Republicans, aides warn Donald Trump of backlash at 2018 mid-term elections

December 23, 2017 8:30 pm
Senate Majority Leader Senator Mitch McConnell (R-KY) and other Republicans speak to the press after the Senate passed tax reform legislation, December 19, 2017. (Photo by AFP)
Republican Party lawmakers and political advisers to fear a backlash at next year’s mid-term congressional elections if the Republican president fails to keep his campaign promises and improve his standing among working-class voters.
Trump’s advisers have been directly warning him of possible bloodbath in the 2018 midterms, which could obliterate the Republican congressional majorities and paralyze the president’s legislative agenda, Politico reported.
“In some corners of the Republican world, there is anxiety about the White House political operation and its readiness for next year’s races,” the outlet reported.
Trump is well aware of the dangers his party faces in 2018, those who have discussed it with him say. During political briefing sessions, top aides have highlighted concerning developments, such as his declining numbers among well-educated voters and higher earners.
“In a year like this, you better not take anything for granted,” said US Representative Charlie Dent, a Republican from Pennsylvania, who is retiring nest year. “I think most members know this is going to be a really tough challenge this cycle.”
The president has major political challenges in the coming year, said a top political adviser to former President George W. Bush. Trump must improve his approval numbers, ensure the party nominates strong general election candidates, and sell his economic accomplishments, he said.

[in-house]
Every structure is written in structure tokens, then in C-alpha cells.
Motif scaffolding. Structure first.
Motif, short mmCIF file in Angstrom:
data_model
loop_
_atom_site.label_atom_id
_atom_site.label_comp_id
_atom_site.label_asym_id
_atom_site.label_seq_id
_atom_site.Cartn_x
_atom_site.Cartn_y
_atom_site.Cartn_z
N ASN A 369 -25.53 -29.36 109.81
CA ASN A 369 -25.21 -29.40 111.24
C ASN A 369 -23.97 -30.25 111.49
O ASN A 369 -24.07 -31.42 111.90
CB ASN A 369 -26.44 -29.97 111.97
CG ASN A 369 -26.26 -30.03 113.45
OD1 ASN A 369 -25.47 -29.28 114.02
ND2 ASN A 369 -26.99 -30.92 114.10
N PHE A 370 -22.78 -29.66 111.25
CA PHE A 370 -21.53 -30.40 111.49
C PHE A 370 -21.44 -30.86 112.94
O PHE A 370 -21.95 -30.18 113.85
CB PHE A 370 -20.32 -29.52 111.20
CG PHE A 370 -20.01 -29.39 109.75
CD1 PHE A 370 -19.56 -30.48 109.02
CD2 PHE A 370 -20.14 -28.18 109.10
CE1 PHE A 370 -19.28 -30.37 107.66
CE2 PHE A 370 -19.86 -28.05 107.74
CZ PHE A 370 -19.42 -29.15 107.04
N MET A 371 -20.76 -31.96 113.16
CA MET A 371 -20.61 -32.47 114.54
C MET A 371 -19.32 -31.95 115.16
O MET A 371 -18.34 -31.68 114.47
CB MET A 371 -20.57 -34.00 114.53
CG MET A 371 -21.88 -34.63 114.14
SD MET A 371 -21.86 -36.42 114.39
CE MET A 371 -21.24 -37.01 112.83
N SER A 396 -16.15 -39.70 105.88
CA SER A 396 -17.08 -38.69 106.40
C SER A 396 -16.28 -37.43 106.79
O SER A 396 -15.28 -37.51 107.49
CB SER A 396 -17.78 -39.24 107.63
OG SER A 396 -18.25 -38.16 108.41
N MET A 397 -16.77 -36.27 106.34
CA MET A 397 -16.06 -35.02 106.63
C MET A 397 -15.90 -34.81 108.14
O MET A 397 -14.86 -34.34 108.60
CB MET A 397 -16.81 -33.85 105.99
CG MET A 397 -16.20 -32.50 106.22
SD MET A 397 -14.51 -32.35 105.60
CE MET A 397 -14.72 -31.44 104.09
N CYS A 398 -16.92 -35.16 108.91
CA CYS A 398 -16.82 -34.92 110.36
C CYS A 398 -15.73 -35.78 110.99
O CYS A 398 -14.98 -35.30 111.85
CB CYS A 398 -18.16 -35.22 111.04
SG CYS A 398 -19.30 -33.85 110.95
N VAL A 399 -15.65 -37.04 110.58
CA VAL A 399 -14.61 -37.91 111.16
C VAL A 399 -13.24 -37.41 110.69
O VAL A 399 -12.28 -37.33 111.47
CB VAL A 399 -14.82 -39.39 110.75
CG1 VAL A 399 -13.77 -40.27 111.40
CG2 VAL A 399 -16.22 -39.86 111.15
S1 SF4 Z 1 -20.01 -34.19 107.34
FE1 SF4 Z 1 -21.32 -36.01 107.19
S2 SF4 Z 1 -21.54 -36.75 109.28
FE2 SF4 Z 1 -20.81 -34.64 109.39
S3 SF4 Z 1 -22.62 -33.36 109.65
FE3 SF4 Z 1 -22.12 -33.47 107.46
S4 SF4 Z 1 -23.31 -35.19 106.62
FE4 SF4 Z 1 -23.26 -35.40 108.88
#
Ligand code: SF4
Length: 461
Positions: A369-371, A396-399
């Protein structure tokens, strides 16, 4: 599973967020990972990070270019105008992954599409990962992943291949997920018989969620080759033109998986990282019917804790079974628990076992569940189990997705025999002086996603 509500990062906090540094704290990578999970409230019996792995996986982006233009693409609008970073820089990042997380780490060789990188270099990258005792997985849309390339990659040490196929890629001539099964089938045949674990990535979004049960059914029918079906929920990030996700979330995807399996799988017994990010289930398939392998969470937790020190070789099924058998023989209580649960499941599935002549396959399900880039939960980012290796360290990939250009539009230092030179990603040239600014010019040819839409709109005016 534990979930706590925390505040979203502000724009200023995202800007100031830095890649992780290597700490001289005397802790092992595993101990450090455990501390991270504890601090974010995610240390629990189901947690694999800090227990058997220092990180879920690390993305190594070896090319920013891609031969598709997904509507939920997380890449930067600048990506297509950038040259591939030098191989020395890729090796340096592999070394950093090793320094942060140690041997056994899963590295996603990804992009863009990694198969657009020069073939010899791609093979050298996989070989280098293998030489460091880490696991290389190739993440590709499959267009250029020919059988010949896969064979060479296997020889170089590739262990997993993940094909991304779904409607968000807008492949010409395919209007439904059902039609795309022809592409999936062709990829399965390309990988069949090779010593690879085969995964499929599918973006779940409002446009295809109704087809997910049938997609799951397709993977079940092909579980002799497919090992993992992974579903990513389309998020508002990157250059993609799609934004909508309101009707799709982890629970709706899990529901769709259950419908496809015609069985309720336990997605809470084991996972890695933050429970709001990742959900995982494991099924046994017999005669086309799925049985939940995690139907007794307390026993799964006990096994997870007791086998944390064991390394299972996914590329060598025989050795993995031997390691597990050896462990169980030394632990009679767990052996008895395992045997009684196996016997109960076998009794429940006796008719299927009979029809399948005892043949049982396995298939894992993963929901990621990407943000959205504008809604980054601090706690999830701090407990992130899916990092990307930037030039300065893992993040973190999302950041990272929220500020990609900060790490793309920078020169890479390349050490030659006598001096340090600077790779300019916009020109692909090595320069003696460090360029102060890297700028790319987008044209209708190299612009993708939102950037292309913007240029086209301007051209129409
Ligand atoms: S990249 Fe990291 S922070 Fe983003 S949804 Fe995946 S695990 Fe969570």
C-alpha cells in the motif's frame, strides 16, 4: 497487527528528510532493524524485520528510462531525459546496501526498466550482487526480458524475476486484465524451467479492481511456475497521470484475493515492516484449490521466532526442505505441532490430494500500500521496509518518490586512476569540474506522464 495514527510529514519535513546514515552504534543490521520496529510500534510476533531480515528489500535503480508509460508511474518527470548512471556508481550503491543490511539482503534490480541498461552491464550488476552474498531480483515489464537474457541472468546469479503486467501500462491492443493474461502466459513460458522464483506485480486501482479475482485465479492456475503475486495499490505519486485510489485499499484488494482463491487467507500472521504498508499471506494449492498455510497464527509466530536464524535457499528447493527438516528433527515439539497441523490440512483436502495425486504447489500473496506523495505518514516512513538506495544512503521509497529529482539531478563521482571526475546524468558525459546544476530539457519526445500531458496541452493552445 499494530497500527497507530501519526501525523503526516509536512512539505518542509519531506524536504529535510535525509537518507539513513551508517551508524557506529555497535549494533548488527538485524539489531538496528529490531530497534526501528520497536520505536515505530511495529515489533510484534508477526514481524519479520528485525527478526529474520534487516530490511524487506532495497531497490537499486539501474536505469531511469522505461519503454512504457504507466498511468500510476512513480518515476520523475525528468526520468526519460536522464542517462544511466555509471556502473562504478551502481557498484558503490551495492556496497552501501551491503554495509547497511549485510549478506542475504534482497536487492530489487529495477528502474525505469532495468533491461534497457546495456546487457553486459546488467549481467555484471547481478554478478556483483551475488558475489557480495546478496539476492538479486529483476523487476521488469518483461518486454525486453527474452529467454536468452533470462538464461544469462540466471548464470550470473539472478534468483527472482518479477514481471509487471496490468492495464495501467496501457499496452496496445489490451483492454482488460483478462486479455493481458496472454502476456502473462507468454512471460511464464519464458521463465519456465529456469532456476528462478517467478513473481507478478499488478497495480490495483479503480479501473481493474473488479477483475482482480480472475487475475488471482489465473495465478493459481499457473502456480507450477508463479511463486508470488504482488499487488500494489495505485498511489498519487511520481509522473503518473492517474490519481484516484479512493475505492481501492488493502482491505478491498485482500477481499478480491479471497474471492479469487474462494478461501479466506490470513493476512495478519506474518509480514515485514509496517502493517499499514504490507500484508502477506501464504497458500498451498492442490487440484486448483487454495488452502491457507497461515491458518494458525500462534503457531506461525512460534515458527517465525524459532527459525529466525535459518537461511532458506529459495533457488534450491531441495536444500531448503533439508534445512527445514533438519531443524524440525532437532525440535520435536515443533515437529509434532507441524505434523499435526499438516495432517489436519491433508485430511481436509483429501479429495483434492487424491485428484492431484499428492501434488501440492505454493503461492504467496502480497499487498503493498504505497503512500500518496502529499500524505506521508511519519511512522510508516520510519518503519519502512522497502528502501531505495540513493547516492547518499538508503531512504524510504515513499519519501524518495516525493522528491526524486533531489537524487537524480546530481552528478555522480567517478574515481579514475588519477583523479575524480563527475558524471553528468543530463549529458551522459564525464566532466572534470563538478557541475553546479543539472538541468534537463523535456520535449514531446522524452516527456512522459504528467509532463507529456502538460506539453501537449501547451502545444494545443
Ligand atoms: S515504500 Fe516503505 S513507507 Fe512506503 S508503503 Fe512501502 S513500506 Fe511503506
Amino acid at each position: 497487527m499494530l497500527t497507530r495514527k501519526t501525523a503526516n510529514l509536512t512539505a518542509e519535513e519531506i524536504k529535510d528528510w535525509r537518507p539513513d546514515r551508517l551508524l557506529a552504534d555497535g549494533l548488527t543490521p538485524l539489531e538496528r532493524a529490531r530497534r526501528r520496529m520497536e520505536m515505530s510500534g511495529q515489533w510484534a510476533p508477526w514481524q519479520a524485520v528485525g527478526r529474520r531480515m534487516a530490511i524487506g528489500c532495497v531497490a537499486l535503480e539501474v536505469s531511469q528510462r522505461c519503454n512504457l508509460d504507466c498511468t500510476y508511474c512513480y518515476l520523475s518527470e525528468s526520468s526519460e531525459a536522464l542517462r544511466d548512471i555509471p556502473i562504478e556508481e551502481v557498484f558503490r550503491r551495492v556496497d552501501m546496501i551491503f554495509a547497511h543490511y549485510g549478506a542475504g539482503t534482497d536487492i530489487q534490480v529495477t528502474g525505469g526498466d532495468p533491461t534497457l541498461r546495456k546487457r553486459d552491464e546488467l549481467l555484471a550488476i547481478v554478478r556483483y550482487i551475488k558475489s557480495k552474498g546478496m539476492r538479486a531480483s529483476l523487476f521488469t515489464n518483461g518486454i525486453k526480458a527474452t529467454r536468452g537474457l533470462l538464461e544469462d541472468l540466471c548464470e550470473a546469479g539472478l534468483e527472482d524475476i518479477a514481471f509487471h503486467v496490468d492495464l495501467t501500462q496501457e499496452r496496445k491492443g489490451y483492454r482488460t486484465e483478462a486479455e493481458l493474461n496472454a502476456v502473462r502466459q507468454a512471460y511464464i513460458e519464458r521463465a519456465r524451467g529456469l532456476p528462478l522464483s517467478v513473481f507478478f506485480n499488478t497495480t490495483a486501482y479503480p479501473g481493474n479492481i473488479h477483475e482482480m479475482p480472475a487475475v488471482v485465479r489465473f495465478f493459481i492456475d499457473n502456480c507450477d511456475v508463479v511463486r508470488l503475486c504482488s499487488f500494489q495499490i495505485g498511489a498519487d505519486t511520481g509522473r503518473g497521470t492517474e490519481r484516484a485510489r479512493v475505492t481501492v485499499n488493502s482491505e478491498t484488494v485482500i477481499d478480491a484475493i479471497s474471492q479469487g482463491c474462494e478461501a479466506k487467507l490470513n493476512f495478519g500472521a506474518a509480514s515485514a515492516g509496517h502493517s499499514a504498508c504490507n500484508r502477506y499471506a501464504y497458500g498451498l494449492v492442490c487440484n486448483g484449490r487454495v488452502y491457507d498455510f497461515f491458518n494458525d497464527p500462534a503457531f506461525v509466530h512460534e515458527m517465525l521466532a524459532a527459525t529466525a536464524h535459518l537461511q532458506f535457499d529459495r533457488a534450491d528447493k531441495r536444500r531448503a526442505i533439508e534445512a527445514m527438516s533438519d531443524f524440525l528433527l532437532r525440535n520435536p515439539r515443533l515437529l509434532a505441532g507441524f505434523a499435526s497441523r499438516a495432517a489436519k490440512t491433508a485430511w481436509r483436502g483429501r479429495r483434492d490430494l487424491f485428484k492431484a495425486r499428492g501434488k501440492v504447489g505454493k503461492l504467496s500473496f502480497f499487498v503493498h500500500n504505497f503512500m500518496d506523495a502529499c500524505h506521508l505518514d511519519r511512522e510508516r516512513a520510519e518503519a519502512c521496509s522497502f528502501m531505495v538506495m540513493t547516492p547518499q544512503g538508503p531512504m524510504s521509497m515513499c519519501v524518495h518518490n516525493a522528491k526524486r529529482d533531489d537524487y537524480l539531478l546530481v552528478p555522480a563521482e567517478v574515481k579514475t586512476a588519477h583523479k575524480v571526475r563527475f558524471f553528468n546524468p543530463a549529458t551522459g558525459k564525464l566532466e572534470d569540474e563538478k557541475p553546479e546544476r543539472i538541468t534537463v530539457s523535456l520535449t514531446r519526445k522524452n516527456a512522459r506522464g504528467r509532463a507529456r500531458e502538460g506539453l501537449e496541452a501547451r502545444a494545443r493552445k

Trump’s all-out endorsement of unsuccessful Republican Senate candidate Roy Moore, who is accused of molesting teenage girls, has damaged the party’s standing with women amid the president’s poor approval numbers among female voters, according to Republican National Committee leader Ronna Romney McDaniel.
Moore’s campaign was at the center of a national debate over sexual misconduct that has forced multiple powerful men in the worlds of politics, media and entertainment to resign.  
Several Democratic senators cited the resignation of Senator Al Franken, Democrat of Minnesota, in the face of harassment allegations leveled against him as an increased impetus for Trump to do the same.
Some of the president’s advisers have taken it upon themselves in recent weeks to warn him directly about the fast-deteriorating political environment after Republican losses this fall in gubernatorial and senatorial elections in the states of Virginia, New Jersey and Alabama.
White House officials have convened to discuss ways to improve Trump’s standing with suburban voters as the president’s approval ratings have plummeted to the 30s.
shared on